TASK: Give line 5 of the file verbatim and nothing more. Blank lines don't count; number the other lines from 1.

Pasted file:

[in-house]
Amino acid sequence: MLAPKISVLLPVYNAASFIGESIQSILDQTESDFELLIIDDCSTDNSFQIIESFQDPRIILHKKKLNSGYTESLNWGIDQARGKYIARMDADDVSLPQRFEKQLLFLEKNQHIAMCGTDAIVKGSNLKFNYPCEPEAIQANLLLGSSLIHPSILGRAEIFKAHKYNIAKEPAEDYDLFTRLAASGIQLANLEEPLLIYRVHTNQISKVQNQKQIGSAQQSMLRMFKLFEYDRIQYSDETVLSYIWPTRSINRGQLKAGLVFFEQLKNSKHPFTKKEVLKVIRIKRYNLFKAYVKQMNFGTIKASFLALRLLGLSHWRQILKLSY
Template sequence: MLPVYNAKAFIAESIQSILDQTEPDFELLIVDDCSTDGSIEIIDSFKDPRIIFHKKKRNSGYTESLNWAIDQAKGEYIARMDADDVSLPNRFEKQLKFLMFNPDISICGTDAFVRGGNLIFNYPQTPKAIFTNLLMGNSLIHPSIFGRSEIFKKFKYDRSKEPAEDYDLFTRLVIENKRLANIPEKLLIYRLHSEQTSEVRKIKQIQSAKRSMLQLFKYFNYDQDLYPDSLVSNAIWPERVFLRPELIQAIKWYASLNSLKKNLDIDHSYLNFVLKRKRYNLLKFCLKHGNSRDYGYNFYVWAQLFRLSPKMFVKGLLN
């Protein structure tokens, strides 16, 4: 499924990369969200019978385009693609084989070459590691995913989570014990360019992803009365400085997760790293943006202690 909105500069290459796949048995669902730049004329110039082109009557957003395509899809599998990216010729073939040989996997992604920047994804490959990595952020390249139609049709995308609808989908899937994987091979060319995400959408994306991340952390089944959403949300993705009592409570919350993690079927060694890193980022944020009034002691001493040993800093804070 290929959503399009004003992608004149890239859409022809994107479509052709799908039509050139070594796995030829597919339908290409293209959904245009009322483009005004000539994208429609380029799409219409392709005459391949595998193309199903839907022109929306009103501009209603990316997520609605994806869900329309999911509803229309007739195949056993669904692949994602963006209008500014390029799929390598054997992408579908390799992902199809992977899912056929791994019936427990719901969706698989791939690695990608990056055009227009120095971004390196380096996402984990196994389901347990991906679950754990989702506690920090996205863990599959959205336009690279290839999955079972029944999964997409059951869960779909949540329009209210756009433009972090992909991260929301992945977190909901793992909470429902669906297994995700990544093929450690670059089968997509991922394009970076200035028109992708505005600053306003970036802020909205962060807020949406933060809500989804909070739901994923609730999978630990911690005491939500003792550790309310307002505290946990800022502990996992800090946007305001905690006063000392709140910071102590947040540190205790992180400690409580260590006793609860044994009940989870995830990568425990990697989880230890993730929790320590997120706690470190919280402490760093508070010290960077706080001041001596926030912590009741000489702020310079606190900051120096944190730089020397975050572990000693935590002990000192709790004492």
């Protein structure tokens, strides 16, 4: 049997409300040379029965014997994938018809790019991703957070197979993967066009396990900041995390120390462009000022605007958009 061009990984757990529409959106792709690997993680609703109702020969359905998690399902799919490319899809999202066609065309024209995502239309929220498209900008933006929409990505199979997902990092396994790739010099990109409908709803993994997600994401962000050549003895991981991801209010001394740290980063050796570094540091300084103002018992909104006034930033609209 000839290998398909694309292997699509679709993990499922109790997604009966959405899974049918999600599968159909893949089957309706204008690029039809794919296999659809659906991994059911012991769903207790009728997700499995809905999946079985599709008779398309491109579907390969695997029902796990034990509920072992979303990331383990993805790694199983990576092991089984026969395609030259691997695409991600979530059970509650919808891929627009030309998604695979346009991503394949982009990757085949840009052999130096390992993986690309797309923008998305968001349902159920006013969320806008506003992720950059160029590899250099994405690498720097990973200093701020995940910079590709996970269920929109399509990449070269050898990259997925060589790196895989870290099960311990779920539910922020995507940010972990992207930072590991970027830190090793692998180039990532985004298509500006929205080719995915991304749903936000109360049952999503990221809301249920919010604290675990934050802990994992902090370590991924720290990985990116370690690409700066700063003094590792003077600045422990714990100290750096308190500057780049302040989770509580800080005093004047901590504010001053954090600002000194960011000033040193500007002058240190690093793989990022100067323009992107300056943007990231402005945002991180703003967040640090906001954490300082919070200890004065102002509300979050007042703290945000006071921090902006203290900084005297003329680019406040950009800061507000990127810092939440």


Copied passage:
């Protein structure tokens, strides 16, 4: 049997409300040379029965014997994938018809790019991703957070197979993967066009396990900041995390120390462009000022605007958009 061009990984757990529409959106792709690997993680609703109702020969359905998690399902799919490319899809999202066609065309024209995502239309929220498209900008933006929409990505199979997902990092396994790739010099990109409908709803993994997600994401962000050549003895991981991801209010001394740290980063050796570094540091300084103002018992909104006034930033609209 000839290998398909694309292997699509679709993990499922109790997604009966959405899974049918999600599968159909893949089957309706204008690029039809794919296999659809659906991994059911012991769903207790009728997700499995809905999946079985599709008779398309491109579907390969695997029902796990034990509920072992979303990331383990993805790694199983990576092991089984026969395609030259691997695409991600979530059970509650919808891929627009030309998604695979346009991503394949982009990757085949840009052999130096390992993986690309797309923008998305968001349902159920006013969320806008506003992720950059160029590899250099994405690498720097990973200093701020995940910079590709996970269920929109399509990449070269050898990259997925060589790196895989870290099960311990779920539910922020995507940010972990992207930072590991970027830190090793692998180039990532985004298509500006929205080719995915991304749903936000109360049952999503990221809301249920919010604290675990934050802990994992902090370590991924720290990985990116370690690409700066700063003094590792003077600045422990714990100290750096308190500057780049302040989770509580800080005093004047901590504010001053954090600002000194960011000033040193500007002058240190690093793989990022100067323009992107300056943007990231402005945002991180703003967040640090906001954490300082919070200890004065102002509300979050007042703290945000006071921090902006203290900084005297003329680019406040950009800061507000990127810092939440």